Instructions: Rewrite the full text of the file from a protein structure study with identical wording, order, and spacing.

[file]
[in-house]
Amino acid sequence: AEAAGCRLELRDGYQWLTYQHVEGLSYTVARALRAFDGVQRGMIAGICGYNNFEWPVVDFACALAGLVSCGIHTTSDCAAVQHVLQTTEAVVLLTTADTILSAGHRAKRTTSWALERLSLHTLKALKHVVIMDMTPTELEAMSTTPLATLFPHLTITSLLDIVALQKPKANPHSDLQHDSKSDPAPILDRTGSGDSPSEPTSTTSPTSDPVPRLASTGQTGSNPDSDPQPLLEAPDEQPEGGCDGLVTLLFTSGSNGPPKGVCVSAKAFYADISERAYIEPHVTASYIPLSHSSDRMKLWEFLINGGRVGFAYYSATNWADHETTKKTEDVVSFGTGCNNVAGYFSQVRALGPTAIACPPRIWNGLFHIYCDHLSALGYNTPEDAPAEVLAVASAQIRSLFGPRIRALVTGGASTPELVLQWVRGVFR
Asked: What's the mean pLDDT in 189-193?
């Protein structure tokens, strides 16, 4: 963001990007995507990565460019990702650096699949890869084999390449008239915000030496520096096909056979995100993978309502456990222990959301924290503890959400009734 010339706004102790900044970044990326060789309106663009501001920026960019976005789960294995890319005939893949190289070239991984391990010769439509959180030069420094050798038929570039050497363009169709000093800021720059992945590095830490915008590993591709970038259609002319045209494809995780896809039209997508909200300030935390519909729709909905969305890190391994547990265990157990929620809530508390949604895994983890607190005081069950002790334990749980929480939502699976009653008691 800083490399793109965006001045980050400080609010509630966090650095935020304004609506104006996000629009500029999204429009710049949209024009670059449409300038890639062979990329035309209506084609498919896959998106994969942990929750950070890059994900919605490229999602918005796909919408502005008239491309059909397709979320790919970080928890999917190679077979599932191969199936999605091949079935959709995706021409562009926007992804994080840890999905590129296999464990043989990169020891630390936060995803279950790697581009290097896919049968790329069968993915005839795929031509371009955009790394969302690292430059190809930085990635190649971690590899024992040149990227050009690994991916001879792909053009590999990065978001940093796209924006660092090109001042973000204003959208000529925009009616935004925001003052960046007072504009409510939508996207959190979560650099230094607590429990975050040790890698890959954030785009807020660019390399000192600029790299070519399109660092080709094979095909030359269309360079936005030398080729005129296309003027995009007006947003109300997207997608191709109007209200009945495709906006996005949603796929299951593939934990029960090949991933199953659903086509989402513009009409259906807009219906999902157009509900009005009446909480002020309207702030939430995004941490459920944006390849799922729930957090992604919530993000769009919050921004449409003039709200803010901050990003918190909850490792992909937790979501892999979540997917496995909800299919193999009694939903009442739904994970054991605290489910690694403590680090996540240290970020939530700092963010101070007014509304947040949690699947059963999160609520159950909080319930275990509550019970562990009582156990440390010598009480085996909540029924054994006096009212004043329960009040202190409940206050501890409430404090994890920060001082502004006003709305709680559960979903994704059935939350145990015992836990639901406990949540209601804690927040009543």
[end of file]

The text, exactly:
[in-house]
Amino acid sequence: AEAAGCRLELRDGYQWLTYQHVEGLSYTVARALRAFDGVQRGMIAGICGYNNFEWPVVDFACALAGLVSCGIHTTSDCAAVQHVLQTTEAVVLLTTADTILSAGHRAKRTTSWALERLSLHTLKALKHVVIMDMTPTELEAMSTTPLATLFPHLTITSLLDIVALQKPKANPHSDLQHDSKSDPAPILDRTGSGDSPSEPTSTTSPTSDPVPRLASTGQTGSNPDSDPQPLLEAPDEQPEGGCDGLVTLLFTSGSNGPPKGVCVSAKAFYADISERAYIEPHVTASYIPLSHSSDRMKLWEFLINGGRVGFAYYSATNWADHETTKKTEDVVSFGTGCNNVAGYFSQVRALGPTAIACPPRIWNGLFHIYCDHLSALGYNTPEDAPAEVLAVASAQIRSLFGPRIRALVTGGASTPELVLQWVRGVFR
Asked: What's the mean pLDDT in 189-193?
């Protein structure tokens, strides 16, 4: 963001990007995507990565460019990702650096699949890869084999390449008239915000030496520096096909056979995100993978309502456990222990959301924290503890959400009734 010339706004102790900044970044990326060789309106663009501001920026960019976005789960294995890319005939893949190289070239991984391990010769439509959180030069420094050798038929570039050497363009169709000093800021720059992945590095830490915008590993591709970038259609002319045209494809995780896809039209997508909200300030935390519909729709909905969305890190391994547990265990157990929620809530508390949604895994983890607190005081069950002790334990749980929480939502699976009653008691 800083490399793109965006001045980050400080609010509630966090650095935020304004609506104006996000629009500029999204429009710049949209024009670059449409300038890639062979990329035309209506084609498919896959998106994969942990929750950070890059994900919605490229999602918005796909919408502005008239491309059909397709979320790919970080928890999917190679077979599932191969199936999605091949079935959709995706021409562009926007992804994080840890999905590129296999464990043989990169020891630390936060995803279950790697581009290097896919049968790329069968993915005839795929031509371009955009790394969302690292430059190809930085990635190649971690590899024992040149990227050009690994991916001879792909053009590999990065978001940093796209924006660092090109001042973000204003959208000529925009009616935004925001003052960046007072504009409510939508996207959190979560650099230094607590429990975050040790890698890959954030785009807020660019390399000192600029790299070519399109660092080709094979095909030359269309360079936005030398080729005129296309003027995009007006947003109300997207997608191709109007209200009945495709906006996005949603796929299951593939934990029960090949991933199953659903086509989402513009009409259906807009219906999902157009509900009005009446909480002020309207702030939430995004941490459920944006390849799922729930957090992604919530993000769009919050921004449409003039709200803010901050990003918190909850490792992909937790979501892999979540997917496995909800299919193999009694939903009442739904994970054991605290489910690694403590680090996540240290970020939530700092963010101070007014509304947040949690699947059963999160609520159950909080319930275990509550019970562990009582156990440390010598009480085996909540029924054994006096009212004043329960009040202190409940206050501890409430404090994890920060001082502004006003709305709680559960979903994704059935939350145990015992836990639901406990949540209601804690927040009543």